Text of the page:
Once a couple decides to end their marriage, it means they are terminating most of their rights and duties for and to one another. But when children are involved, the obligations to the children remain very much alive. That means that the divorcing couple has to figure out how they are going to share custody of their children; where the children will physically live and how decisions regarding the children's future will be made. In addition to this, parents also have to figure out how the parent without physical custody will visit the children. Usually, a non-custodial parent cannot just get up on a whim and decide that they want to pick up the kids from school.
As the beginning of the school year approaches, many children returning to school in Louisiana may be nervous about their new beginnings. A new class, new friends or a new school altogether can cause children of all ages anxiety about their first day. When the child's parents have gone through a divorce during the summer and are now living separately for the first time, the first day of school can be even more overwhelming. There are, however, a number of steps divorced parents can take to ensure their child's first day back goes as smoothly as possible.
Last week's blog discussed the best interests of the child standard as it pertains to custody decisions. When making child custody decisions, courts assess a number of factors to determine what is in the best interests of the children in question before making a child custody order. Generally, Louisiana courts lean towards awarding joint physical custody if the parents are in close proximity to one another. However, when this does not happen, then the parent who does not have primary custody, also referred to as the noncustodial parent, has to work out a visitation schedule.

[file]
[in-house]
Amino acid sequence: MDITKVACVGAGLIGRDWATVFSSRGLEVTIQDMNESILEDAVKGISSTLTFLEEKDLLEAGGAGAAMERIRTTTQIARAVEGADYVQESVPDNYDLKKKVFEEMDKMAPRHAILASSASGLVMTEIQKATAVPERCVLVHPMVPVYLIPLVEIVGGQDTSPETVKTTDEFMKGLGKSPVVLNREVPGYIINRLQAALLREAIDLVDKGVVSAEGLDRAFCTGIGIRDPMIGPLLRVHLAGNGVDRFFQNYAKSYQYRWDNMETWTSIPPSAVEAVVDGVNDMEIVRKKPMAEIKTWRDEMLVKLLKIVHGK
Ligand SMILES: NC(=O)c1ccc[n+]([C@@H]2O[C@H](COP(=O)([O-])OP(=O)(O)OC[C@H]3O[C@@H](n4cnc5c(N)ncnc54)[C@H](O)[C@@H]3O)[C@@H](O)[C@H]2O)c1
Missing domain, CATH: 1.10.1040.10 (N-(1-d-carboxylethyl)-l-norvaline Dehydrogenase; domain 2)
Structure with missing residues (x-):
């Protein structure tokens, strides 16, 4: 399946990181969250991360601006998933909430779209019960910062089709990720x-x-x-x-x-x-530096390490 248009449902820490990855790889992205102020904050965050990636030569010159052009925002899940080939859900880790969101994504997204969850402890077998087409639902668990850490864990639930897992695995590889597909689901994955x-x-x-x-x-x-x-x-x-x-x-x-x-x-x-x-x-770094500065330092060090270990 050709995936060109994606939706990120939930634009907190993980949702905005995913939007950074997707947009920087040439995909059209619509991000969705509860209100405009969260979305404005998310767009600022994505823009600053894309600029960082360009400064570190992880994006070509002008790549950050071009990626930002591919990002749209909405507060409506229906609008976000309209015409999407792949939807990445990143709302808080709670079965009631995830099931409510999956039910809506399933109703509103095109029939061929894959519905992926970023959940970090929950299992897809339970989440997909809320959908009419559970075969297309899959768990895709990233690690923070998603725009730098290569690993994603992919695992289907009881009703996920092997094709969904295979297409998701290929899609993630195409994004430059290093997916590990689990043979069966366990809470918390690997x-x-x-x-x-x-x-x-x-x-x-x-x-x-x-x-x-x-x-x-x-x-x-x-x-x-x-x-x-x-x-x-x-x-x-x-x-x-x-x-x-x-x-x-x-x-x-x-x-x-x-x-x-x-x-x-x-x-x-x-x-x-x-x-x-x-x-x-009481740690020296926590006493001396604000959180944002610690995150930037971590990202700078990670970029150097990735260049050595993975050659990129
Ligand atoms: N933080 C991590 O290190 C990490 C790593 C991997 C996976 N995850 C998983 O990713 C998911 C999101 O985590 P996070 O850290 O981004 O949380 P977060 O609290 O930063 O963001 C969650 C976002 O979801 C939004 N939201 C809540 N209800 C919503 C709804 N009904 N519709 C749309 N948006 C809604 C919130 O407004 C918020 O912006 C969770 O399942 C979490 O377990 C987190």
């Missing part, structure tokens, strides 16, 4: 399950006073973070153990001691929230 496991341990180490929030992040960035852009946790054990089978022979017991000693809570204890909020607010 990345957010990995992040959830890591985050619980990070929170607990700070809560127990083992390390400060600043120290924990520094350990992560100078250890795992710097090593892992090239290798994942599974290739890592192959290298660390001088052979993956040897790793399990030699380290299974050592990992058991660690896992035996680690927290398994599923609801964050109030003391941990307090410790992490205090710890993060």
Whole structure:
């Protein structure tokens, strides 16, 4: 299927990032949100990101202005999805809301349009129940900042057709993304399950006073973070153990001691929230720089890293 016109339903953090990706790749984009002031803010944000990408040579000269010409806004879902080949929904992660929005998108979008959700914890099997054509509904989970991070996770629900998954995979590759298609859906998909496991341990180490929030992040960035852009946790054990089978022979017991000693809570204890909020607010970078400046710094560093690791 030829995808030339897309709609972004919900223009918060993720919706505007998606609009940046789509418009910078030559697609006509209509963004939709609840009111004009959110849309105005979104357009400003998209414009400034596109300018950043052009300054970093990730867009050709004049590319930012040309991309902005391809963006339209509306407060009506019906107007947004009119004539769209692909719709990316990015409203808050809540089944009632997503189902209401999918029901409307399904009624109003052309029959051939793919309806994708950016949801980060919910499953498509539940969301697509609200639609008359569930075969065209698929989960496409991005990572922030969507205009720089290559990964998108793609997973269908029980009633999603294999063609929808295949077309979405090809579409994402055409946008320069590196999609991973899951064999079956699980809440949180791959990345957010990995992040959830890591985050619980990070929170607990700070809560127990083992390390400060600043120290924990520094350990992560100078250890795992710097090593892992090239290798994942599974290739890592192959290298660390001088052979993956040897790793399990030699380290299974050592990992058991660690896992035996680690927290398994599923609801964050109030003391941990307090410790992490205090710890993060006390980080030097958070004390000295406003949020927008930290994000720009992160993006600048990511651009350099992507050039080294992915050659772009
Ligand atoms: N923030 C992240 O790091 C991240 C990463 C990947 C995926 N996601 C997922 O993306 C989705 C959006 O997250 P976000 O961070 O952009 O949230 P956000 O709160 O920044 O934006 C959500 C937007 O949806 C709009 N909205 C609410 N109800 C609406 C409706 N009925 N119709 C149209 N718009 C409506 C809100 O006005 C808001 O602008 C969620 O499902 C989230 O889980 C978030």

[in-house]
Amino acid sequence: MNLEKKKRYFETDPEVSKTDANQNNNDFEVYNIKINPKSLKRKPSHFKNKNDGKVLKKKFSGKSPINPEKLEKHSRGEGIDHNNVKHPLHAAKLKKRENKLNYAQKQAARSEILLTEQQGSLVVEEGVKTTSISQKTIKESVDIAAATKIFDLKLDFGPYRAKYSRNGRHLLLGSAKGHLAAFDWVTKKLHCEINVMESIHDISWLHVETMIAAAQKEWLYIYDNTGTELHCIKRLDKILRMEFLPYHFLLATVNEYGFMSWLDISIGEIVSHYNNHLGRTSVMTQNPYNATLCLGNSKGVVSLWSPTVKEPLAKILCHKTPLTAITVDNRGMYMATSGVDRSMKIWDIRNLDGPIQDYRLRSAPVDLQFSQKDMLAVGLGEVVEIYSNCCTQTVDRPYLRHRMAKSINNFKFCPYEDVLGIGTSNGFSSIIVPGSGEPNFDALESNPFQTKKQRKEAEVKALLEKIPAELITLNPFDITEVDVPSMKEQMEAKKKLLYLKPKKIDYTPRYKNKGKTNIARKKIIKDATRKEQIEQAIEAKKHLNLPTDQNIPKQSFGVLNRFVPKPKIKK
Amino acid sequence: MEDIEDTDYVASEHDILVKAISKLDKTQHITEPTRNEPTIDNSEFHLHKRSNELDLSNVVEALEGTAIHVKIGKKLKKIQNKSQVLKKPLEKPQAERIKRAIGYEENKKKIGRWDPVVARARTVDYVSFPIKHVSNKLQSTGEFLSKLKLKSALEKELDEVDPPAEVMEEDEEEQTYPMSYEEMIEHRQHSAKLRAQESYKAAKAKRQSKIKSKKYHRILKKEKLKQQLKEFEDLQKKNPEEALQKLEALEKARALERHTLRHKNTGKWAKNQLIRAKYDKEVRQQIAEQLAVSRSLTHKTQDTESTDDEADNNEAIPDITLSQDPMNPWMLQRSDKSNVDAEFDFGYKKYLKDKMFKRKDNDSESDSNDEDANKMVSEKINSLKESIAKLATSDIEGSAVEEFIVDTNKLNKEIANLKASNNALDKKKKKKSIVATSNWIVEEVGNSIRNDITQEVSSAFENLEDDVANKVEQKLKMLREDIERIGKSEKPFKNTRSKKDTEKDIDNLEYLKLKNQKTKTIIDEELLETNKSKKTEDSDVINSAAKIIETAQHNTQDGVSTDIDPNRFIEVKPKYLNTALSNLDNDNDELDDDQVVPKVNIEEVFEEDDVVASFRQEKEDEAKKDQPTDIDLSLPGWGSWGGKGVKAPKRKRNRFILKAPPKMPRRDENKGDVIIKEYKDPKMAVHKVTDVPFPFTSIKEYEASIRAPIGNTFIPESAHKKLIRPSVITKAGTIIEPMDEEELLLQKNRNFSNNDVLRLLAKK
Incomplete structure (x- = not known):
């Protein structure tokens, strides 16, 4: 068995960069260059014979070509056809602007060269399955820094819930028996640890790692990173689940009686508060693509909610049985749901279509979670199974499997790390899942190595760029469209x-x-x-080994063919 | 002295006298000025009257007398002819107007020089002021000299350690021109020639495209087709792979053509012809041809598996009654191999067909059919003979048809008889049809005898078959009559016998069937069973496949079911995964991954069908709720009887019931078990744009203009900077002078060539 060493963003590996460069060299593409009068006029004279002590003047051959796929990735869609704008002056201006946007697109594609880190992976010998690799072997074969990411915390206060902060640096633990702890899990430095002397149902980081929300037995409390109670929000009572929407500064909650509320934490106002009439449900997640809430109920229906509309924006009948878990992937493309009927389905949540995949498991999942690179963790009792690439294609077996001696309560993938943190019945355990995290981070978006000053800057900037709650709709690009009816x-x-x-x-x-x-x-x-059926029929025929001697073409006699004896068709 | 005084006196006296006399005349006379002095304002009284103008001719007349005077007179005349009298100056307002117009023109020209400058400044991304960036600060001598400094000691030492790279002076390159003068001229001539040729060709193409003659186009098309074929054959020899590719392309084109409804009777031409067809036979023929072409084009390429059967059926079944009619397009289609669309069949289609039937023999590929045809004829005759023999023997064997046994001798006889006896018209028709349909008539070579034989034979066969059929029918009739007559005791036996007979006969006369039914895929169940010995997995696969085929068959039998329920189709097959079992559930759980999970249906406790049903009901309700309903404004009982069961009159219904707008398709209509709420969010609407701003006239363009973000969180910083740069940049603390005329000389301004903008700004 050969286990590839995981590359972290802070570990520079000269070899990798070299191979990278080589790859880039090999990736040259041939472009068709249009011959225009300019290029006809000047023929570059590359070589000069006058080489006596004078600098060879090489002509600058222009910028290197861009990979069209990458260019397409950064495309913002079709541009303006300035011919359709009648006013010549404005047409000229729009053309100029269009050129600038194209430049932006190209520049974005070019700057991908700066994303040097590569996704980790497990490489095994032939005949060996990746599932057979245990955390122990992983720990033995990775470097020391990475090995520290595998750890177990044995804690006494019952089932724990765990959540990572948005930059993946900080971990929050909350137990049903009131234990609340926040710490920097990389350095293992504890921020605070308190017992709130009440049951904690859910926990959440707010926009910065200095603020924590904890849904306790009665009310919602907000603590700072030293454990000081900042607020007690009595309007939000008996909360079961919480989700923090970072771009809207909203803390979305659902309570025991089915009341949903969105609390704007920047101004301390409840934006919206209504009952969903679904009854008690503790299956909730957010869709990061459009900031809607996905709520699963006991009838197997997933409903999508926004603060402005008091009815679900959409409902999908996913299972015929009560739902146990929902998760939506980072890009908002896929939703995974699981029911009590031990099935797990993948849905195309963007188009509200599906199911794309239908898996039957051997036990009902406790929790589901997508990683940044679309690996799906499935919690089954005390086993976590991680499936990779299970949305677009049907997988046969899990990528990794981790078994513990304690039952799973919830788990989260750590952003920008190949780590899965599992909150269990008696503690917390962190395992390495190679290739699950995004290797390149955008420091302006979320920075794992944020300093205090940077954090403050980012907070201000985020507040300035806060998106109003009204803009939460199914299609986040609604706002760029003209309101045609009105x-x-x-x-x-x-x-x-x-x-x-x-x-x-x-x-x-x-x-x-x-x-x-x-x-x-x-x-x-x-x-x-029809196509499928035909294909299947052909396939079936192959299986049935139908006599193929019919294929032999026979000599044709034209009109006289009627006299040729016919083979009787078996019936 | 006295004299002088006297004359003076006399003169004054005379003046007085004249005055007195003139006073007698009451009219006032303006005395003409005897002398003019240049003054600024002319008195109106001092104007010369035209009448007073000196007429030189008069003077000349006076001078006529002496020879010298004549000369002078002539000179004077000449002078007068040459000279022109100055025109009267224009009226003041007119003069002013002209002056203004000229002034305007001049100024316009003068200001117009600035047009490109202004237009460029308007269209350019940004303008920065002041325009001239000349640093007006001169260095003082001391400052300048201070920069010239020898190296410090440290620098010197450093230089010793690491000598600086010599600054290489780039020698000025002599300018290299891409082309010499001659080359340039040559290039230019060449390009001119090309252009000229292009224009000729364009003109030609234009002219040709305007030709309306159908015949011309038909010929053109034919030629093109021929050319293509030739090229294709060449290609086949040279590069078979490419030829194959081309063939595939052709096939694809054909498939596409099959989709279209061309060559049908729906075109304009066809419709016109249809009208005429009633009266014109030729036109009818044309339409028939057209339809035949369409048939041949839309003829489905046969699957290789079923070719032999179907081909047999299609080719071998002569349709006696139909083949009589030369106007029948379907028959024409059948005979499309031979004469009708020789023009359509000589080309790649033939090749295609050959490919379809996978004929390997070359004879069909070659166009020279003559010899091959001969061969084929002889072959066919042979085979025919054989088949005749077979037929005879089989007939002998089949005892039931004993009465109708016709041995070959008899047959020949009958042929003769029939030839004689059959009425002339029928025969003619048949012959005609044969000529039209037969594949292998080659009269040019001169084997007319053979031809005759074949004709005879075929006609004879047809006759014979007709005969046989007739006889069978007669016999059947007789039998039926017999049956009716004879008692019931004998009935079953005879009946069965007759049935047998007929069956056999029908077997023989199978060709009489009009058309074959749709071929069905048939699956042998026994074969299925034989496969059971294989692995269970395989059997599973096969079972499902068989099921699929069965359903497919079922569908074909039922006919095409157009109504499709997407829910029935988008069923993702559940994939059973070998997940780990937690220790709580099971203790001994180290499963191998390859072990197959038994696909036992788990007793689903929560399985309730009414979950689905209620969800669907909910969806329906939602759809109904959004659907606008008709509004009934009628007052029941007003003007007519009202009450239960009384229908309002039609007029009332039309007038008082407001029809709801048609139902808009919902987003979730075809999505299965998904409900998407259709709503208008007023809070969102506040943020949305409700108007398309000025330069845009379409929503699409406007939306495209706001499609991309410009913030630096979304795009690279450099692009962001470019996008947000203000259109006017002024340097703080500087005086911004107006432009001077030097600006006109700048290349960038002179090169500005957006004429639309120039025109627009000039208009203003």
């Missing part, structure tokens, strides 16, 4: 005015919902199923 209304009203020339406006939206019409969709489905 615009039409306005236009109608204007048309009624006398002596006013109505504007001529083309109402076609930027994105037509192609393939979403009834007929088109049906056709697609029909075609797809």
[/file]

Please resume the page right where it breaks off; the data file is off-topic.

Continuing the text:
When a marriage breaks down and a couple heads for a divorce, the first thing they think about if they have children is custody. Generally, all parents want what is best for their children, but they may disagree as to how to attain that. This is why they may not be able to come to a joint agreement about child custody. If they agree to the terms, the court will generally honor that agreement; however, when they do not come to an agreement, the court must intervene.
When it comes to family law issues, it is not only the parents that encounter these. In some situations, grandparents might be faced with limited access to their grandchildren. Whether it is related to a pending or recently finalized divorce or not, grandparents should understand that they have rights afforded to them in these matters. There are three provisions under Louisiana's family law governing grandparents' rights. These laws have different purposes but also complicate compliance.